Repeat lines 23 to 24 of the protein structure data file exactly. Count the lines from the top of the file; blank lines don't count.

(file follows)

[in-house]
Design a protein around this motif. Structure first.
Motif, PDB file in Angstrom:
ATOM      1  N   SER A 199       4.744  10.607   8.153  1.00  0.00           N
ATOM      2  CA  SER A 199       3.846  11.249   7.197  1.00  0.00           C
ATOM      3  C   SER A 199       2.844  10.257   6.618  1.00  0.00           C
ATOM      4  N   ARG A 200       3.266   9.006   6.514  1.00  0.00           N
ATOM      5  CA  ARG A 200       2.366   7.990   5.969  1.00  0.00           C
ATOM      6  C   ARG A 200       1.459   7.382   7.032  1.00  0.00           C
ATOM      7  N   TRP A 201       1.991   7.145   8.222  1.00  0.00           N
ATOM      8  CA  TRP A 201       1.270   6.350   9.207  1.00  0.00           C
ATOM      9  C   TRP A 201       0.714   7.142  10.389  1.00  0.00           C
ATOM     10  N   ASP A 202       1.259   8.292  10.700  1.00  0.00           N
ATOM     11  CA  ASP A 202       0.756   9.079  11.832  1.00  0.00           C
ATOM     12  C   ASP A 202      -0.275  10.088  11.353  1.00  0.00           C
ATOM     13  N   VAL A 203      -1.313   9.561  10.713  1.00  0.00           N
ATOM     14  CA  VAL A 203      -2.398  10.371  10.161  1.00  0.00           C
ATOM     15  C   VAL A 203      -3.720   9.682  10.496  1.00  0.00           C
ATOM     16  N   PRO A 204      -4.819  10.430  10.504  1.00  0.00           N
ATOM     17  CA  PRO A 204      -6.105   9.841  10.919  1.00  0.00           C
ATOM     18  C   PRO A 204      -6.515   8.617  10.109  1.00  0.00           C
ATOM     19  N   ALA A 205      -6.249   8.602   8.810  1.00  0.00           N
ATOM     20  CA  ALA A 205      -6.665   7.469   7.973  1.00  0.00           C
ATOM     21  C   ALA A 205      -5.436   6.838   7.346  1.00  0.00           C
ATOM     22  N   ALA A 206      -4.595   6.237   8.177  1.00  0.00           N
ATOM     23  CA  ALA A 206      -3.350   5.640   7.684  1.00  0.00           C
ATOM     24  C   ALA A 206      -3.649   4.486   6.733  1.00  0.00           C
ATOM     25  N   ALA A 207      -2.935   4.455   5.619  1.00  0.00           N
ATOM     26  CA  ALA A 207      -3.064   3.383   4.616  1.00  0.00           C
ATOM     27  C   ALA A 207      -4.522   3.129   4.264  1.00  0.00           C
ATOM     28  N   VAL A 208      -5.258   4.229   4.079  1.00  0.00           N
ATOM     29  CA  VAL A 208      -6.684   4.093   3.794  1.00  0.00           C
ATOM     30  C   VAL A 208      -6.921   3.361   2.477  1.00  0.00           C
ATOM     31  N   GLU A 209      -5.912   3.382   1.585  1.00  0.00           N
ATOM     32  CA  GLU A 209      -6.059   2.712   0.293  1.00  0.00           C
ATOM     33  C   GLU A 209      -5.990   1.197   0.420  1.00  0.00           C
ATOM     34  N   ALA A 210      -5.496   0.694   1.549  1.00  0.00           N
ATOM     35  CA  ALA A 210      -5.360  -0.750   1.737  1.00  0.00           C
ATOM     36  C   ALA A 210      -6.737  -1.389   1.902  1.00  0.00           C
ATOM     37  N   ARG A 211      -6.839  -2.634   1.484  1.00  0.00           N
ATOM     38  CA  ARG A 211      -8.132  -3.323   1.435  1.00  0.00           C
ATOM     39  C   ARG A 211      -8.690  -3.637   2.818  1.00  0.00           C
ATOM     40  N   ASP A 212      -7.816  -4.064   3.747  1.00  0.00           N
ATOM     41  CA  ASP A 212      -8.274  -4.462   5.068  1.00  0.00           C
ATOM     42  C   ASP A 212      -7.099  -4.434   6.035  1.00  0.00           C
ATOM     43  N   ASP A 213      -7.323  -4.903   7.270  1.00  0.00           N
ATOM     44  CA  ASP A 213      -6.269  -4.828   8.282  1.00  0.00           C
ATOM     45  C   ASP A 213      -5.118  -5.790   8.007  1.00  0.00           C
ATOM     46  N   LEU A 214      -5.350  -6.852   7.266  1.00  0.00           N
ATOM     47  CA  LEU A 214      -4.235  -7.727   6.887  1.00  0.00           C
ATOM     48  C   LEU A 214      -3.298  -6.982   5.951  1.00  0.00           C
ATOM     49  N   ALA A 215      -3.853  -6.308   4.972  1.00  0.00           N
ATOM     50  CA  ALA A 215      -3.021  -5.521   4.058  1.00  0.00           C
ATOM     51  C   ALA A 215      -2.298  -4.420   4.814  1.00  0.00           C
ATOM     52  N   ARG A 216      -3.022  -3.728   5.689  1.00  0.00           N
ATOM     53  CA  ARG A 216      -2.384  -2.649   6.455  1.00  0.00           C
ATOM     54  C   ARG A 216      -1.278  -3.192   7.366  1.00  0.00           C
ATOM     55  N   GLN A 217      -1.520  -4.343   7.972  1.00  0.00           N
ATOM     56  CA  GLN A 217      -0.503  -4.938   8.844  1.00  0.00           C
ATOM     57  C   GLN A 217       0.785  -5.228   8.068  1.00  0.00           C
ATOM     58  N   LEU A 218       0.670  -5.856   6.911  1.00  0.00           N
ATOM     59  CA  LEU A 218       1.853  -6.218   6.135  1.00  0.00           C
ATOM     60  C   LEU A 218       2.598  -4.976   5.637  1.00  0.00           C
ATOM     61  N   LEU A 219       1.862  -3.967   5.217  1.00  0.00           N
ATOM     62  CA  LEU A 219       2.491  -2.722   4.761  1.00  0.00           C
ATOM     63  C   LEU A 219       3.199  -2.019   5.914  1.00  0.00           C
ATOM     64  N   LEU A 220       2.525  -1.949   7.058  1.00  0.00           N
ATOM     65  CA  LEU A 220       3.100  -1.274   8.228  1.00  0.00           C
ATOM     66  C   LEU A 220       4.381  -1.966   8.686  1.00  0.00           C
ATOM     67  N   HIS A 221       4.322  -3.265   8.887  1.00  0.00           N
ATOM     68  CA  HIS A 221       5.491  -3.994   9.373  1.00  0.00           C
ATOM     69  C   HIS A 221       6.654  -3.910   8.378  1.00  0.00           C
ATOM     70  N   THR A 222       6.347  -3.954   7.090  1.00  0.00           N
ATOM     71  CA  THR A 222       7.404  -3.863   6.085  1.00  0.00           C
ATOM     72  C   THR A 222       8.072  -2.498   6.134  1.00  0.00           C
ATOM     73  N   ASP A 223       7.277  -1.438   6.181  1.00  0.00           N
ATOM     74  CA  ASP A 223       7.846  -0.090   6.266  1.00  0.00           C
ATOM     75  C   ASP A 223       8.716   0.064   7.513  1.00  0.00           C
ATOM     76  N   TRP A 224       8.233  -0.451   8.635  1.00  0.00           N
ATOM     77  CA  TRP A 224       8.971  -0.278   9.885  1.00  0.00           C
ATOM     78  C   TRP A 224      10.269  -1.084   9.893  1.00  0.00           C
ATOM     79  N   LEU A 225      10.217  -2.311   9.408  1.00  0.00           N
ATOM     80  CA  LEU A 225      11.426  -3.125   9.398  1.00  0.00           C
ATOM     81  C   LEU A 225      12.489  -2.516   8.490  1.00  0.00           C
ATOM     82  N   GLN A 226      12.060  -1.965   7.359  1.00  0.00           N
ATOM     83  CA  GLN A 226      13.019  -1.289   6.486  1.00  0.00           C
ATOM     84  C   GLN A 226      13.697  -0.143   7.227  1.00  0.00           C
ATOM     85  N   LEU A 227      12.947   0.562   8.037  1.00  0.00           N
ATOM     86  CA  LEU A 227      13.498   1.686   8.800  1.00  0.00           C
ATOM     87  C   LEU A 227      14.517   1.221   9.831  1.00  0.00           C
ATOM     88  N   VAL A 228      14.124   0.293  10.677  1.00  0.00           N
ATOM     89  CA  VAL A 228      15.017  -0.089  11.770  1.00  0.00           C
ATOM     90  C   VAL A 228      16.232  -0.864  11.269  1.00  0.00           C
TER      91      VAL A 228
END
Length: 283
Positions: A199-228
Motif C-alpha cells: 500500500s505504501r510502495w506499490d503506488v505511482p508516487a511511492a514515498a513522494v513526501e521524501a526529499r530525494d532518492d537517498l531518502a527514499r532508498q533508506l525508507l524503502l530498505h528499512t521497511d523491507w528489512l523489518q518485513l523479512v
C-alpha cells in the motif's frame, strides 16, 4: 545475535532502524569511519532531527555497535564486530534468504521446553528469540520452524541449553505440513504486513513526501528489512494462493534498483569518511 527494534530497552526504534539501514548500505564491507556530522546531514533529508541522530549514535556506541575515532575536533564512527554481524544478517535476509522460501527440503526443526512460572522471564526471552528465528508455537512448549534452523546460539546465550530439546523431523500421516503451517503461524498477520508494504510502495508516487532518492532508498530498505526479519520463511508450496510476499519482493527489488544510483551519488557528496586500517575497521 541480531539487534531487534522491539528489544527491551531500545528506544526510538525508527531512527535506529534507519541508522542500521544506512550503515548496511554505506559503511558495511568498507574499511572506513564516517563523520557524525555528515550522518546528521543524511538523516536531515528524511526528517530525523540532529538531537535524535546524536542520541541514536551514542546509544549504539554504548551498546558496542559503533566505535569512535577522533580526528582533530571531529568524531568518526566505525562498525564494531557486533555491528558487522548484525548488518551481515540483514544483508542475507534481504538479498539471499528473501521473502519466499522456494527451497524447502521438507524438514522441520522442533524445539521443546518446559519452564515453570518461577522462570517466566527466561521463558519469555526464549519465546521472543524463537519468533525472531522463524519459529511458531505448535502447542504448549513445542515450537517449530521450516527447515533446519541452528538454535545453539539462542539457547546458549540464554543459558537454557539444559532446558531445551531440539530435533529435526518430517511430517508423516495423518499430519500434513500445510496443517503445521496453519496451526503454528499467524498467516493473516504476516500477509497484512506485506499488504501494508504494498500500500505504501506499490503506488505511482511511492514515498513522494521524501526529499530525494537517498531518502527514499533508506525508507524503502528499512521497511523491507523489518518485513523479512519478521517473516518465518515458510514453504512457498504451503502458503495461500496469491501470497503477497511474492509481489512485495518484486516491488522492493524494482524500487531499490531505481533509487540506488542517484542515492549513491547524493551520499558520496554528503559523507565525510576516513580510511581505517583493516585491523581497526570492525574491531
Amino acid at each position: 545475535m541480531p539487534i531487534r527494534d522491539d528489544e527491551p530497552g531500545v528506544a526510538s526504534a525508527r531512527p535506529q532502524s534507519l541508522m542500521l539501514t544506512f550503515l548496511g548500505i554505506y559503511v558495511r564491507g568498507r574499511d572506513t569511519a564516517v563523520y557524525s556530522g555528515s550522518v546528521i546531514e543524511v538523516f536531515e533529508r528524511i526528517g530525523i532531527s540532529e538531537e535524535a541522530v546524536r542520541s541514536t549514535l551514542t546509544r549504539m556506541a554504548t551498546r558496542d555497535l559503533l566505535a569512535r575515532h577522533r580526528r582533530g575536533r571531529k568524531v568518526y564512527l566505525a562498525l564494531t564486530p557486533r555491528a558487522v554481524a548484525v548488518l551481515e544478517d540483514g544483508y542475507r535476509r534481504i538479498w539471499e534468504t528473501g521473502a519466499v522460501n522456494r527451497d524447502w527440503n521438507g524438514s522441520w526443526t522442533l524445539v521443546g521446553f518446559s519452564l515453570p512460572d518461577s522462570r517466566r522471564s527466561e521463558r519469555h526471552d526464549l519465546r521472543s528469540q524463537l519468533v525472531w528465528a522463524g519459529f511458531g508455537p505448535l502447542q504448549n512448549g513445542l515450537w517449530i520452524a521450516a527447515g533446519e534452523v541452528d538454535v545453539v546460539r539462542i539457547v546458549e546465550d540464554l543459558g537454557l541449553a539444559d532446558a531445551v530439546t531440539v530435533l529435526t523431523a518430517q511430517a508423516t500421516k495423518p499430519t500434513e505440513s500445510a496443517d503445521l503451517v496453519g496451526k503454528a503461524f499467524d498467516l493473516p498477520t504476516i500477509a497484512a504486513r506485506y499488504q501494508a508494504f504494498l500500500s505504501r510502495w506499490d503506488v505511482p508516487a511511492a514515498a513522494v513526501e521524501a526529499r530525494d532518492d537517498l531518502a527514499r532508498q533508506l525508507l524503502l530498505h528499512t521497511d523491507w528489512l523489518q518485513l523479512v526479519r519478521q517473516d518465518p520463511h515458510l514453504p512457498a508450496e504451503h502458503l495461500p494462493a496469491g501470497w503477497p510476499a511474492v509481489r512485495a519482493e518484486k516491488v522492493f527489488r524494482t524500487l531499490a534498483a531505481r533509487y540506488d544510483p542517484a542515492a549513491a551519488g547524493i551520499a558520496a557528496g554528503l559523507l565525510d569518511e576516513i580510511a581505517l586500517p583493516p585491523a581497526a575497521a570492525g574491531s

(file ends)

ATOM     20  CA  ALA A 205      -6.665   7.469   7.973  1.00  0.00           C
ATOM     21  C   ALA A 205      -5.436   6.838   7.346  1.00  0.00           C